Drinking hot tea has been a longstanding tradition in Europe, specifically in England and Ireland. English and Irish breakfast teas have been a staple for many households for their bold flavors and tannin levels. Breakfast teas were produced to accompany the traditional breakfasts served in each country and are often associated with the bold, robust flavors of black tea. The boost of caffeine they offer makes them the perfect breakfast accompaniment and morning pick-me-up.
A breakfast tea of any variety is simply a blend of black teas from China, Africa, and India. Many of the breakfast blends are processed using the CTC (cut, tear, curl) method to create a stronger and faster brew. The CTC processing technique uses whole leaves that are cut, torn, and curled into uniform-sized particles. They are full-bodied teas and are often served with lavish, filling breakfasts (i.e., English breakfast). Breakfast teas from Ireland and England have similar origins and are made with identical tea blends, but there are some distinct ways they contrast from each other. The primary difference between Irish and English Breakfast Tea is the ingredients.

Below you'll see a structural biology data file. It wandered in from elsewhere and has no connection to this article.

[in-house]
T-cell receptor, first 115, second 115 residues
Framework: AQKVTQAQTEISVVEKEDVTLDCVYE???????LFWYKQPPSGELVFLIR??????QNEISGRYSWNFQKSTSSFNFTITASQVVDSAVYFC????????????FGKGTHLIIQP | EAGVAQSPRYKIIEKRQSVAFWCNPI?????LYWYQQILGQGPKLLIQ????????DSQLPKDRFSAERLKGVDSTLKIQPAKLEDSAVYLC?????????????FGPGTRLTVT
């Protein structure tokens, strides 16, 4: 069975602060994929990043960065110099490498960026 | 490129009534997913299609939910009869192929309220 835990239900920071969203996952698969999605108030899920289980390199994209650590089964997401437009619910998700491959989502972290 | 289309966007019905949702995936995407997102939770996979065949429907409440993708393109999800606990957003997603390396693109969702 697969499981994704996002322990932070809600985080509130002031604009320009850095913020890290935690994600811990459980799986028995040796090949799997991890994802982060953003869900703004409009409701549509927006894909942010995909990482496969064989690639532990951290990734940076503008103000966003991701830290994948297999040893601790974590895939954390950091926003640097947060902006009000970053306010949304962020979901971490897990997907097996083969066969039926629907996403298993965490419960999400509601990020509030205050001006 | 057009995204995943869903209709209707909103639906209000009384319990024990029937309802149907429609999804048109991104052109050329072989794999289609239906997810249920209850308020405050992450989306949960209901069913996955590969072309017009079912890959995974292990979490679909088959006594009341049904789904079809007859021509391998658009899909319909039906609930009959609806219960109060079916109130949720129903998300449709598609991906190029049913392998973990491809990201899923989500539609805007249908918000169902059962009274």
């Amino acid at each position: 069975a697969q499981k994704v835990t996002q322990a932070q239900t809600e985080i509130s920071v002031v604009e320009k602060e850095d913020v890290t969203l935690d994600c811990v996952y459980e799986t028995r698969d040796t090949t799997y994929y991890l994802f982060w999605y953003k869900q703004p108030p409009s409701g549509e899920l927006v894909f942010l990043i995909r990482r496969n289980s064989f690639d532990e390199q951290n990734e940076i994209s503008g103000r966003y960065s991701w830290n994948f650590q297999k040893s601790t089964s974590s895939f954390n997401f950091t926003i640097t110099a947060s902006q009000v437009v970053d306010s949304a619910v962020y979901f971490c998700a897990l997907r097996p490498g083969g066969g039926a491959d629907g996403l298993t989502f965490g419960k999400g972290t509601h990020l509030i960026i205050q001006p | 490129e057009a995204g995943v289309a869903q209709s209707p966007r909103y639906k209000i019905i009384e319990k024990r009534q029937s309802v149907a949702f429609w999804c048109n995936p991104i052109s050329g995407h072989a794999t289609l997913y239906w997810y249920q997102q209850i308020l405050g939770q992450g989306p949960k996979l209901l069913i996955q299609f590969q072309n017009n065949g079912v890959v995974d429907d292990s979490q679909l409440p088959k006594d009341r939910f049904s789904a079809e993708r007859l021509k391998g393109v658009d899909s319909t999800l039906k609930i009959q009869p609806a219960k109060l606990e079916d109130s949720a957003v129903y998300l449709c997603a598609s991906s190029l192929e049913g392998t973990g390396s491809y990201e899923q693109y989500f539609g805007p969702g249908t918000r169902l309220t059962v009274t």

Irish breakfast tea emphasizes the use of Assam and has a more robust and intense flavor than English breakfast. Like their whiskey, the Irish enjoy their tea extra strong. The addition of Assam gives the tea a reddish hue, and it exhibits a malty flavor. Since dairy is an important role of the Irish landscape, the tea blend is brewed strong and enjoyed with milk. In Ireland, the name “breakfast teas” can sometimes be misinformed. This is because Irish breakfast tea is consumed throughout the day. Irish tea drinkers were even known to consume up to six cups per day! It is believed that tea increased in popularity in Ireland when the British East India Company began producing tea in Assam.
English breakfast tea is made with an assortment of black teas. Although the exact genesis of English tea is questionable, the most popular theory is that it first came to be during Queen Anne’s reign in the early 1700s. Queen Anne wanted a lighter beverage than ale to enjoy with the filling, classic English breakfast (eggs, meats, baked beans, toast, etc.). In addition to being the perfect accompaniment, English breakfast was also used to promote digestion. Soon after, hot tea was served with breakfast all across England. English Breakfast tea was originally a blend of Chinese teas, but by the end of the 19th century, Ceylon tea from Sri Lanka was introduced, and it continues to be the main component. Despite the flavors not being as bold as Irish breakfast, it is still strong in flavor and is often prepared with milk and sugar.
English and Irish Breakfast tea continue to be two of the most popular teas and are staples in tea shops all over the world. Now that you have a better understanding of these two teas, you can try them for yourself with our delicious English and Irish Breakfast tea selections. Which one will become your breakfast tea of choice?